A tobacco factory and the barracks of the dragoons open out onto the main square of Seville. People are coming and going. A young girl makes her way through the crowd. She has an air of bewilderment and approaches the guards shyly, saying she is looking for Brigadier Don José. They tell her he will soon be here and invite her to wait with them. Intimidated, she declines and wanders away.
It is time for the changing of the guard. A new platoon arrives, followed by a group of young rogues who mimic the march of the soldiers. Don José is with them. His fellow soldiers tell him of the girl’s visit and, from their description, he deduces it was Micaela, an orphan who his mother has welcomed into their home.
A bell rings and everyone’s eyes turn to the cigarette-makers as they walk out of the tobacco factory. The men rush to the entrance to admire them close-up. The girls enjoy flirting. Among them is Carmen, a beautiful and sensual gypsy. Well-aware of her charm, she sings a song which is full of allusions and from which it is clear that she does not believe in the constancy of love. Don José pays no attention to her. Carmen notes his indifference and so she provocatively throws him a flower, much to the delight of the crowd. Shocked by such brazenness, but also disturbed by it, he picks up the flower and instinctively hides it under his coat.
Micaela returns. She hands Don José a letter with money enclosed and a kiss to give him, a kiss from his mother. He is moved and when she leaves, he opens the letter. His mother, he reads, wants to see him married, to that fine girl. He swears he will follow his mother’s advice and is about to throw away the flower when a fight breaks out among the cigarette-makers. Carmen has wounded a fellow worker with a knife. Don José is ordered to arrest her and escort her to prison. But on the way, Carmen, a consummate seducer, starts tricking him. She promises a meeting at the tavern of Lillas Pastia, near the walls of the city. By now bewitched, Don José succumbs: he frees her wrists, pretends to be pushed and falls to the ground. Carmen laughs and escapes.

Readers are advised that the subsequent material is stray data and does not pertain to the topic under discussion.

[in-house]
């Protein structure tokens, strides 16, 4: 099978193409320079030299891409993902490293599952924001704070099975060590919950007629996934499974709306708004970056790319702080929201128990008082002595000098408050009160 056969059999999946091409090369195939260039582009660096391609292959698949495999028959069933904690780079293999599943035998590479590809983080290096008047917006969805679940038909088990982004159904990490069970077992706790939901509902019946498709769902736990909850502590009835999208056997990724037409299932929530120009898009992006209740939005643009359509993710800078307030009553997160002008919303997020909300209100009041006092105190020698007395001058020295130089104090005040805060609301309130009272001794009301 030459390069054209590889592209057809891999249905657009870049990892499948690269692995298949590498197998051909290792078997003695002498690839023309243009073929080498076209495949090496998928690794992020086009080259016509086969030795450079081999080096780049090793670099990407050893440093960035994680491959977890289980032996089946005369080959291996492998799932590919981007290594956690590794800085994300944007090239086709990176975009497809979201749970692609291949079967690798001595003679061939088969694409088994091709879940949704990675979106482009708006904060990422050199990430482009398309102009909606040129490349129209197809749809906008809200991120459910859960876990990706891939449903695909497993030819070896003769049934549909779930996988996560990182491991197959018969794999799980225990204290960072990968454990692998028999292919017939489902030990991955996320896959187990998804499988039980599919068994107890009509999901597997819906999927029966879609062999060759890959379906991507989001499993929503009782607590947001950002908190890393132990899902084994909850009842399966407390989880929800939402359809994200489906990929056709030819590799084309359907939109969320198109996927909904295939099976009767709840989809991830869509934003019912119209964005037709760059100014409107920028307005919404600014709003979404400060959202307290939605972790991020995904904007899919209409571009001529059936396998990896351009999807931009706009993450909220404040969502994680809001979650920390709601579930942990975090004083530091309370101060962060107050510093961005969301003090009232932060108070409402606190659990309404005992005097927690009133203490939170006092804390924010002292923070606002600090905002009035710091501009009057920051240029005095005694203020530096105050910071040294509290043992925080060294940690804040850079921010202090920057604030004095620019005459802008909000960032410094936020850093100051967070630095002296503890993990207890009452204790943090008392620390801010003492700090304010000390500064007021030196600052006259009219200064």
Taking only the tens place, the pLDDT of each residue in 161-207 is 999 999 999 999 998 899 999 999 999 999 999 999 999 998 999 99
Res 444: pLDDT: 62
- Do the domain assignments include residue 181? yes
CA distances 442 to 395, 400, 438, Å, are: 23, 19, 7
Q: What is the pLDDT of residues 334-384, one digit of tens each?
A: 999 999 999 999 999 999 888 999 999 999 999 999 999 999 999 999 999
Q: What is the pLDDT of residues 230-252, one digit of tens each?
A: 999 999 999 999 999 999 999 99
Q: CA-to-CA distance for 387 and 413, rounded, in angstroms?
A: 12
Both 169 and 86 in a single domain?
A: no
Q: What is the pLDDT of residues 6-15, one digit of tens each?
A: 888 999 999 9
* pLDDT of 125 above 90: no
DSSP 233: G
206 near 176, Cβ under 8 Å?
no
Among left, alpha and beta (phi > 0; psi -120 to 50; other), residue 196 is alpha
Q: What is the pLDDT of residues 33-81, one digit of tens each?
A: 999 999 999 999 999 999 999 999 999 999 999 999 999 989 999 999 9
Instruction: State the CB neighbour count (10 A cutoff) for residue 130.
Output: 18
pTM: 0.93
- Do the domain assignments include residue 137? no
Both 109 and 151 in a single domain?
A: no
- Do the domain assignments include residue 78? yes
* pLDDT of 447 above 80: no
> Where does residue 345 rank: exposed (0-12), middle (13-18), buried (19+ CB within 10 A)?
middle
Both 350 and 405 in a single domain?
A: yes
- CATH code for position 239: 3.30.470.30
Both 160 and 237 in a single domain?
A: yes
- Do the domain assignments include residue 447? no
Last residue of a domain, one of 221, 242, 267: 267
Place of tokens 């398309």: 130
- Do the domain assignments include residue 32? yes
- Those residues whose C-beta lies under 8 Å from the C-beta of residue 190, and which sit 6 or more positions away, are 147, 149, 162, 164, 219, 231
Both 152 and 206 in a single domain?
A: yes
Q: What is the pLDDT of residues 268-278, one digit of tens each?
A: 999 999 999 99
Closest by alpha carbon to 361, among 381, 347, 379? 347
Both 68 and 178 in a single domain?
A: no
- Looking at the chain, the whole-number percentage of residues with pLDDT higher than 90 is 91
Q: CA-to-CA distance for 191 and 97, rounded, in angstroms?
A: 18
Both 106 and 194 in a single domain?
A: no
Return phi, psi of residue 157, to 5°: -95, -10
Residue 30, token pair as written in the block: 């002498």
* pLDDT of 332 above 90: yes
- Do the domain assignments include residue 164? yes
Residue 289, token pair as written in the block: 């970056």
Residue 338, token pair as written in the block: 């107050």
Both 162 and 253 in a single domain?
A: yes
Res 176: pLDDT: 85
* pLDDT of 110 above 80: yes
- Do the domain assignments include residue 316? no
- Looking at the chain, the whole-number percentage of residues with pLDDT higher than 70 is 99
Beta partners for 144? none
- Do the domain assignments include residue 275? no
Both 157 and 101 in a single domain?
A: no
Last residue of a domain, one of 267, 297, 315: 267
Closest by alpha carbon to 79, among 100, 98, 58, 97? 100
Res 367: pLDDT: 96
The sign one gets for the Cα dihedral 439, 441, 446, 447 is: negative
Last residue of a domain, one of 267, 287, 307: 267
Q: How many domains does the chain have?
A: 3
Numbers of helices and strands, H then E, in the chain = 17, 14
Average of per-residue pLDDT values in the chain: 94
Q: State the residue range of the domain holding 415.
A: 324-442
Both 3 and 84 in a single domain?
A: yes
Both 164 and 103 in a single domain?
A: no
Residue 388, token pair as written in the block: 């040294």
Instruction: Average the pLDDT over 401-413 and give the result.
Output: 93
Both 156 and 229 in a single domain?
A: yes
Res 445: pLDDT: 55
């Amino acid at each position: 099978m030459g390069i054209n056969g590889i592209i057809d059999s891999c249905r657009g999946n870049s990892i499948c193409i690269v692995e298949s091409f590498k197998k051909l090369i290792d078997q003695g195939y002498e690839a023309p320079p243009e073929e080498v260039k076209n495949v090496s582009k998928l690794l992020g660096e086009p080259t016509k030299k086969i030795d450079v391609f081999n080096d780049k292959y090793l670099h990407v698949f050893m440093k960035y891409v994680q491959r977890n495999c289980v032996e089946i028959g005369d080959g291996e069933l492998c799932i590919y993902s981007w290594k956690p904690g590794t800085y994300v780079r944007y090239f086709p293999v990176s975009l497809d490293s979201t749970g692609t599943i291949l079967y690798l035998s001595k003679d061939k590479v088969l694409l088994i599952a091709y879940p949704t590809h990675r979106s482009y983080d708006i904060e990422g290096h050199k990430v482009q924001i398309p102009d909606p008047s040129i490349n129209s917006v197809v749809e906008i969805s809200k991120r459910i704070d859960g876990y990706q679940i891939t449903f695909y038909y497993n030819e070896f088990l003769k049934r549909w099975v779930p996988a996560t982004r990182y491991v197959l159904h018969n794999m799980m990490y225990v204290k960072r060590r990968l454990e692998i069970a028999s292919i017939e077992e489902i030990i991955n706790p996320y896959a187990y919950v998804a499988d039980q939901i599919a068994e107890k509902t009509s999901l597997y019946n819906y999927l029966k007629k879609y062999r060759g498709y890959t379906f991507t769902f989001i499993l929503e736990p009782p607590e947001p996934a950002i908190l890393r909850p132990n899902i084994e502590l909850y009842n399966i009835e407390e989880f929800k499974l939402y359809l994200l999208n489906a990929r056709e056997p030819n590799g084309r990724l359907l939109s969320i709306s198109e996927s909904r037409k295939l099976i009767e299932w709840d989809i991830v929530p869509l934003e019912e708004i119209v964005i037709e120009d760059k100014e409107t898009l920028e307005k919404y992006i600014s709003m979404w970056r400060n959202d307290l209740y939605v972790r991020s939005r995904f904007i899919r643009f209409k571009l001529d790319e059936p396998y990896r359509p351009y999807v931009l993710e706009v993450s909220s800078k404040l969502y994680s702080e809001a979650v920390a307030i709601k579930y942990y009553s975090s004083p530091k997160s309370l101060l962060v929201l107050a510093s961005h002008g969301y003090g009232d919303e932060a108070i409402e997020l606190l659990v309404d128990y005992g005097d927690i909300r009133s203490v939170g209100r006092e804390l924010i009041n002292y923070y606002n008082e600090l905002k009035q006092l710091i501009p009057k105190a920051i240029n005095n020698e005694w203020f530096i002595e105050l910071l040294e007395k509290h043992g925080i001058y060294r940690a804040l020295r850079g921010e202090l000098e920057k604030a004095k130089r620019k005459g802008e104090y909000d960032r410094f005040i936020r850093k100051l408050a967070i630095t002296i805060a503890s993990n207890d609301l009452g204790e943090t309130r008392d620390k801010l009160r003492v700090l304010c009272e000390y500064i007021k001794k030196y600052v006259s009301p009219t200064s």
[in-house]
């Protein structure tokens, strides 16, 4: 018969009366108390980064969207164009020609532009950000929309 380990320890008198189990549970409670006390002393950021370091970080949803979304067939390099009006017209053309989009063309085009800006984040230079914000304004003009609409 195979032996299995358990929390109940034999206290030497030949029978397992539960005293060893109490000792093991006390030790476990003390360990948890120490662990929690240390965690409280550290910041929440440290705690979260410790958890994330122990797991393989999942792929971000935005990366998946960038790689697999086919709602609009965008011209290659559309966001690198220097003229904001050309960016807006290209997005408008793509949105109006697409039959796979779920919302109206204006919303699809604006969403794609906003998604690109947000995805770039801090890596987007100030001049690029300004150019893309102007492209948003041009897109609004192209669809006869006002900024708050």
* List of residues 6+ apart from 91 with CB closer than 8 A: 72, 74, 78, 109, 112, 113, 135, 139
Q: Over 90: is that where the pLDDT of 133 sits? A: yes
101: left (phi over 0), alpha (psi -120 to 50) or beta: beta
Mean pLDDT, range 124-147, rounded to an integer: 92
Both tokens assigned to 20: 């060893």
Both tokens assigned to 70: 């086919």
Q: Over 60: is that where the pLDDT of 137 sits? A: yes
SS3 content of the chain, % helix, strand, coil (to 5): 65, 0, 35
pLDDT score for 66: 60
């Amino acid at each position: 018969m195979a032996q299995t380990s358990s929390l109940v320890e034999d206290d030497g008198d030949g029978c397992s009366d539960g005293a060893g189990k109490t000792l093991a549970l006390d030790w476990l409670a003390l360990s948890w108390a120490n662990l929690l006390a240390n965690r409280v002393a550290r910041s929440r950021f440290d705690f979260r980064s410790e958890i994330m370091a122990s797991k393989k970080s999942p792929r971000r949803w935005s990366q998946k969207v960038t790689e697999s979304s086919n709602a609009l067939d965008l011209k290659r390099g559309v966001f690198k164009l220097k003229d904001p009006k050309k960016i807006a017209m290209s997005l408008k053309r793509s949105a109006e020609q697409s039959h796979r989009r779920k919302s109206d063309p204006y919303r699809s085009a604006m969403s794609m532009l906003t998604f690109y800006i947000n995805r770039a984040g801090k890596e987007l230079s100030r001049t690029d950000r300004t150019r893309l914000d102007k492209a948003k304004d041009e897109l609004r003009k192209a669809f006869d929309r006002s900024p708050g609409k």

In the tavern of Lillas Pastia, an infamous place and a smugglers’ inn where soldiers and gypsies meet. Carmen sings and dances a hypnotic and exotic love song in the company of her friends, Mercedes and Frasquita. Lieutenant Zuniga informs her that Don José, having spent time in prison for helping her to escape, has just been released. However, Zuniga, too is captivated by the gypsy and starts flirting with her, but is interrupted by the arrival of Escamillo. All the people present acclaim the young toreador as he recounts his prowess in the bullfighting arena, and he, too is struck by Carmen’s beauty.
When the regulars leave, the innkeeper allows Dancairo and Remendado to come in. They are two smugglers who are preparing to strike that night and want Carmen and her friends to help. This time, however, the gypsy has no intention of going with them: she is waiting for her man to return. Shortly afterwards, Don José arrives, manifesting all his love. Carmen starts dancing sensually for him but the moment the trumpet sounds the retreat, José (who has now been demoted to the rank of simple soldier) starts to head back to the barracks. This infuriates Carmen. She derides and insults him for this is not her idea of love. Just before leaving, he pauses and pours out his heart to her. Despite their differences, he says, he loves her and cannot live without her. Carmen then invites him to join the smugglers. She proposes a life free of constraints, but José rules out the idea of deserting. Faced with the umpteenth misunderstanding between them, he decides to leave her. In the meantime, Zuniga arrives, returning in the hope of seducing Carmen. As soon as he sees Don José, he orders him to return to the barracks, but Don José refuses and a violent fight breaks out. At this point, José, guilty of insubordination, has no choice but to join the smugglers and take up the life of an outlaw.